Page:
Additionally, Partner Peter Dernbach is active in the ICANN community as a member of the IP Constituency, currently serving as a member of the PDP Working Group on Translation/Transliteration of Contact Information. Peter also serves as a Panelist for WIPO’s Arbitration and Mediation Center, and has helped resolve numerous domain name disputes under the Uniform Domain Name Dispute Resolution Policy (UDRP).
WP partners Peter Dernbach, Gary Kuo and paralegal Michael Fahey recently contributed an article to the American Chamber of Commerce in Taipei (AmCham)’s monthly TOPICS magazine. The article takes a look at the recent set of food scandals that have shaken the public’s faith in Taiwan’s food industry, examining it from a legal perspective.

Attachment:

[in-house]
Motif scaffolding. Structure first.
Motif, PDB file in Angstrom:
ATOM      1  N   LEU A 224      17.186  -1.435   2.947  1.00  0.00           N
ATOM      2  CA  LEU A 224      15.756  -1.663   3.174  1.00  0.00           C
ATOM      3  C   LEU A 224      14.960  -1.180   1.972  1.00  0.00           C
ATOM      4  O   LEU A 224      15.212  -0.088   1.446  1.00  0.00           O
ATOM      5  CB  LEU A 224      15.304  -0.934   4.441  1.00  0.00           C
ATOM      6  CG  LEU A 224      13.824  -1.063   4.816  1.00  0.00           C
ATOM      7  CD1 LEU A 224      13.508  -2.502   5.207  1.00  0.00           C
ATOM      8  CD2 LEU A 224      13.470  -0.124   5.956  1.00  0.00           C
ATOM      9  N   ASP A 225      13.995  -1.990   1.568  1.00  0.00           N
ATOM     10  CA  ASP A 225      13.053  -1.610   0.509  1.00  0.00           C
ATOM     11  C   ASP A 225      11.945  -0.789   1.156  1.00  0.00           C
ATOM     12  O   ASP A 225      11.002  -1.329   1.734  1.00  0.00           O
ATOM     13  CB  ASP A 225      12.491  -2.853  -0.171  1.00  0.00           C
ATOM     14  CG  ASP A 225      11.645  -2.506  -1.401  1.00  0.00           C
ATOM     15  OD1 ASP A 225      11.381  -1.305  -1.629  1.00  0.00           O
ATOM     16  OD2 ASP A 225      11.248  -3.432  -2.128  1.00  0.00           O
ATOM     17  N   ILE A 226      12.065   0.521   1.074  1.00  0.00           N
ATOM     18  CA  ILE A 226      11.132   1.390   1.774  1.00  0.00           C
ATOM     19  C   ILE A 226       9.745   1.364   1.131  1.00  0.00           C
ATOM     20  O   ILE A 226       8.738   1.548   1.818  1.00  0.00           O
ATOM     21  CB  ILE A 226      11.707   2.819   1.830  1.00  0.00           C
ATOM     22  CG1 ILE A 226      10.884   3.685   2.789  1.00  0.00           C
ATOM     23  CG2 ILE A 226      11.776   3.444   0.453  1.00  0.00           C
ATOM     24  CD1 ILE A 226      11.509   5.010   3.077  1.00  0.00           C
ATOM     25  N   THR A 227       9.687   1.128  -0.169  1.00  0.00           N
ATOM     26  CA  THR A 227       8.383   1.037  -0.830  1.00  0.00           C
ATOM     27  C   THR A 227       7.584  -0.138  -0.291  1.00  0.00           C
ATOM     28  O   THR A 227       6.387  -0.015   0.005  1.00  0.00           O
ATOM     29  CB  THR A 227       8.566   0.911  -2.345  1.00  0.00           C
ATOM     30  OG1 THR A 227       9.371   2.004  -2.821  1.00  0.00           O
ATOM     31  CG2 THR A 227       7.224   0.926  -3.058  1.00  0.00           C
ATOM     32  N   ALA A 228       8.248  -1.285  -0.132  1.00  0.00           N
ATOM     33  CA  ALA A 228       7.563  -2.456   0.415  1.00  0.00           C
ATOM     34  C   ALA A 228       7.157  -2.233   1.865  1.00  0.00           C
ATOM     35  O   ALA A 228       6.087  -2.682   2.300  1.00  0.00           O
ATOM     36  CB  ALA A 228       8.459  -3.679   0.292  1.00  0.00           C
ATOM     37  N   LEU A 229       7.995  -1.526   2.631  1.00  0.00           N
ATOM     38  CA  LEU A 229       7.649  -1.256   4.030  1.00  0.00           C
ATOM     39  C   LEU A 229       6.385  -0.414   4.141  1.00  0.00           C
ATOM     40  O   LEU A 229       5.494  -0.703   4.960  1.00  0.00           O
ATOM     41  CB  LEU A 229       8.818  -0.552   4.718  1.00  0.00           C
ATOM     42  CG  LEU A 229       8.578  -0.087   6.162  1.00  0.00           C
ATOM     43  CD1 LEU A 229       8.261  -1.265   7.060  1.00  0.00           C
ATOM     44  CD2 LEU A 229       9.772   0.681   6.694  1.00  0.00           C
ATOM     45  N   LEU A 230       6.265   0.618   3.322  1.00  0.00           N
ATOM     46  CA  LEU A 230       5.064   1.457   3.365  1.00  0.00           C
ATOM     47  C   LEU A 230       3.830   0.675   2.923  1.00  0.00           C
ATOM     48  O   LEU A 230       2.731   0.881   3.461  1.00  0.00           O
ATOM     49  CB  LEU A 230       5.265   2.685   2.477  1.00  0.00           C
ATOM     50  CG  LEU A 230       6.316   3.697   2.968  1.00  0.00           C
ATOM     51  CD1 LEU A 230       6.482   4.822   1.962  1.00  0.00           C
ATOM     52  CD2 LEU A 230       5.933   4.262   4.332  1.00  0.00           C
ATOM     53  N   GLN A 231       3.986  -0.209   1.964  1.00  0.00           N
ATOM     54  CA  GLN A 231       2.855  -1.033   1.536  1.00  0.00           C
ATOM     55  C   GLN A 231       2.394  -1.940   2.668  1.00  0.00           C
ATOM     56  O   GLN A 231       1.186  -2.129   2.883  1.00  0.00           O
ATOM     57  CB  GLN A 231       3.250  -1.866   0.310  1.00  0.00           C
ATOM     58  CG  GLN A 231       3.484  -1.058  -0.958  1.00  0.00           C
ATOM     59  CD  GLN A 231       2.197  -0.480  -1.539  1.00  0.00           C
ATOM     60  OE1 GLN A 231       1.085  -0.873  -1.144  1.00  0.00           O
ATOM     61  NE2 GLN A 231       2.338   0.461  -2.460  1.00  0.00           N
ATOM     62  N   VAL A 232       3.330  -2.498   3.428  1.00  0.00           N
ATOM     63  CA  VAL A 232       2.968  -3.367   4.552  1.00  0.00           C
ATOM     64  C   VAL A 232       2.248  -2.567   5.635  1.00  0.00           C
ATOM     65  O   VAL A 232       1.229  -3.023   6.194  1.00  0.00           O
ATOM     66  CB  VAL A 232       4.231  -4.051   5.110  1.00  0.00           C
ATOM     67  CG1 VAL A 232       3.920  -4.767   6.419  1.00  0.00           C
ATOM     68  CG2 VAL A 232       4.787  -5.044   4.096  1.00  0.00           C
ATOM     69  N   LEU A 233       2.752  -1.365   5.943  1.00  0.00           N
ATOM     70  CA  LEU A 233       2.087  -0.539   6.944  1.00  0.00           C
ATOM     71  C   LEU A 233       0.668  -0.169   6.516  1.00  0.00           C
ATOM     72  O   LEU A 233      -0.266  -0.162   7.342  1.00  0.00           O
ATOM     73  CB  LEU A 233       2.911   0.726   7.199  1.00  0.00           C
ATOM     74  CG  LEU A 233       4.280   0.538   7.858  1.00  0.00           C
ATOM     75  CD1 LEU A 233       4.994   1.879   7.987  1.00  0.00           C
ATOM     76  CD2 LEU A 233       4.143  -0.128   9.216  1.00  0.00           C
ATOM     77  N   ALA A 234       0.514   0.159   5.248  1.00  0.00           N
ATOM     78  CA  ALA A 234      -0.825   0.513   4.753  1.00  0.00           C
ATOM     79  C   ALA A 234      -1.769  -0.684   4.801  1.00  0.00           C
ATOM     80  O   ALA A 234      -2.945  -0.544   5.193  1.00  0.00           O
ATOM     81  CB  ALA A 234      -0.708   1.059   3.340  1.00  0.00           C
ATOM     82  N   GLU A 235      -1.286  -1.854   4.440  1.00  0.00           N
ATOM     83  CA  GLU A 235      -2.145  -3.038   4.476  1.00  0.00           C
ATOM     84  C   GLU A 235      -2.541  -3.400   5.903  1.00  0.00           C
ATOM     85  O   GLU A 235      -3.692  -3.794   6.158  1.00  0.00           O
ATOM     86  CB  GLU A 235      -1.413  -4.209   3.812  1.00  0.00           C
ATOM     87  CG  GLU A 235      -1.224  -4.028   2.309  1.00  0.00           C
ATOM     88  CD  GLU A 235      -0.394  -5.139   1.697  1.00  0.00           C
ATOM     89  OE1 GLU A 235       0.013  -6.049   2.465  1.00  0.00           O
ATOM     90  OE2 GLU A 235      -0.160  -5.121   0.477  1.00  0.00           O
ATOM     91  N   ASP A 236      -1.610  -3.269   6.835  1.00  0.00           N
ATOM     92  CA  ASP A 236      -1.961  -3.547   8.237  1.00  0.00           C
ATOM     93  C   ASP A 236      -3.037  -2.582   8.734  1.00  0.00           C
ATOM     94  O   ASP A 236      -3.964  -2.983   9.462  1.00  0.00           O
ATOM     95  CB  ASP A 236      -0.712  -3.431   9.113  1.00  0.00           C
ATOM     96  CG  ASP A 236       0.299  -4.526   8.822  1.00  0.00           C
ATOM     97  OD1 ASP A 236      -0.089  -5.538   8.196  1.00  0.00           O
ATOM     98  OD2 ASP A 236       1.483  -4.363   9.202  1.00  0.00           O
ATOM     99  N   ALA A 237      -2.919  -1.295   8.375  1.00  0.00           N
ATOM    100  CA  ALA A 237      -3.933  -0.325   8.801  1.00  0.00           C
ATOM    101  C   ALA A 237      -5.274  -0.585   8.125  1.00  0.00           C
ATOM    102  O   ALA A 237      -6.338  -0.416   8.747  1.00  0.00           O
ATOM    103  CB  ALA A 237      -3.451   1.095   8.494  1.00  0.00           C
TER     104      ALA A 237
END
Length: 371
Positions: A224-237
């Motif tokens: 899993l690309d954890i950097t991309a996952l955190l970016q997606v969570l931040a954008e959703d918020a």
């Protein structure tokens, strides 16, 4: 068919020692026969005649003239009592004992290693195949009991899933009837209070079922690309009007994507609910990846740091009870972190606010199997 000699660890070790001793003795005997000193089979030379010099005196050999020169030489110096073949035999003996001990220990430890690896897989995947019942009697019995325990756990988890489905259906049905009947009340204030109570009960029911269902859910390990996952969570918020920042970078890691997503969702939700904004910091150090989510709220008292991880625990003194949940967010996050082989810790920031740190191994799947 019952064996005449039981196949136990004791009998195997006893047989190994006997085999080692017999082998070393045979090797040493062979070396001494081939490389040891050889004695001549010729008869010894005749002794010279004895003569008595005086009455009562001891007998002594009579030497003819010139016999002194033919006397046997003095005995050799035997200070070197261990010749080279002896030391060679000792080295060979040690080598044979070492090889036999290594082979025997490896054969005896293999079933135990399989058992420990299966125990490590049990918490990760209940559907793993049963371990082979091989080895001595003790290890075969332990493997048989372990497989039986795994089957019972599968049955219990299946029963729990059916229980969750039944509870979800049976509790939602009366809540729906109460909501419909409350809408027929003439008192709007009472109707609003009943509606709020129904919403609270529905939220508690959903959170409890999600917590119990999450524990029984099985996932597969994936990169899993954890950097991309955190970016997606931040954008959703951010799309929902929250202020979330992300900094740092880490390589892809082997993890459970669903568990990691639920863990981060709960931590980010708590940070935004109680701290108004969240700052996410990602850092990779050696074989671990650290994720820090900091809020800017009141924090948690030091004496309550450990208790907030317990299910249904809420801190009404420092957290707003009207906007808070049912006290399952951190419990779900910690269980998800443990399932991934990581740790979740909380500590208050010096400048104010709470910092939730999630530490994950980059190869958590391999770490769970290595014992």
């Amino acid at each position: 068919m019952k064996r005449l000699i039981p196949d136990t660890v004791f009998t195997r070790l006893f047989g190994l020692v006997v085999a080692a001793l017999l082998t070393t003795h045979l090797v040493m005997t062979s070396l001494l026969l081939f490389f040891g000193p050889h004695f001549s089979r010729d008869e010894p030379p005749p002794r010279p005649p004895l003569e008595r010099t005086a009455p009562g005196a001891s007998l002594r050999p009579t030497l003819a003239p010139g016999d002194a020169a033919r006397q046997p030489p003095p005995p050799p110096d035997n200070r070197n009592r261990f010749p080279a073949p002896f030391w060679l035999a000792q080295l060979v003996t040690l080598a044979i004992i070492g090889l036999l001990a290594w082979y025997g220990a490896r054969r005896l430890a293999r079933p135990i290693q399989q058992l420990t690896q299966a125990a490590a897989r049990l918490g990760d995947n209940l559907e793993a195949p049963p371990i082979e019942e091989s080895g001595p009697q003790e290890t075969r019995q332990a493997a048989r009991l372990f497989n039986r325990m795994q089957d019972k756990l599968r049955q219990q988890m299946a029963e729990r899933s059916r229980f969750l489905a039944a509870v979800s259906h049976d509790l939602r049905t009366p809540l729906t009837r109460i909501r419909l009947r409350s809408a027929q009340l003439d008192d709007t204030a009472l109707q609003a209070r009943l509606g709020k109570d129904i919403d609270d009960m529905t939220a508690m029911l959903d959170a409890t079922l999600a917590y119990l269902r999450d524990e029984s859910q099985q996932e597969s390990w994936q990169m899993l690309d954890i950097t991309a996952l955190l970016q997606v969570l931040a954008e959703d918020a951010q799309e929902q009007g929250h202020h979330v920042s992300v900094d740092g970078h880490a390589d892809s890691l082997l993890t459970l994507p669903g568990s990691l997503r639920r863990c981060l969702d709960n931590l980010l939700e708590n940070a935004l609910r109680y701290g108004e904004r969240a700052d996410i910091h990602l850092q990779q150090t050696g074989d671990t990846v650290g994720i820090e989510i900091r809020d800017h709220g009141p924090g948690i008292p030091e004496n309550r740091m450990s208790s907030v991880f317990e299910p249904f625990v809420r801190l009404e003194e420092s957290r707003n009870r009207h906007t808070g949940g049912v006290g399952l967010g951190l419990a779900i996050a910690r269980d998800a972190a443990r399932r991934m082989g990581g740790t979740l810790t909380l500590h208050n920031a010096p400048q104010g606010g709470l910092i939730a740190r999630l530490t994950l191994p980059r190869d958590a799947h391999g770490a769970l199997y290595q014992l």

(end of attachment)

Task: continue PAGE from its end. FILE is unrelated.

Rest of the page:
The article summarizes previous food scandals that have occurred in Taiwan, dating back to the bran oil tragedy in 1979, which claimed the lives of over fifty people and caused significant physical harm to many others.
The article goes on to analyze the key litigation following the 2011 plasticizer scandal and the 2013 olive oil scandal. Peter and Gary explain the successful criminal prosecutions in both cases, the failure of a class action in the olive oil case, and the constitutional issues that led the Ministry of Health and Welfare to roll back massive fines imposed by local governments.
The article concludes that while Taiwan has made significant and admirable strides in its legal system since the 1979 bran oil tragedy, it will need to do much more to ensure that the country’s vibrant culinary culture and consumer health are adequately protected.
The entire article is available on AmCham’s website.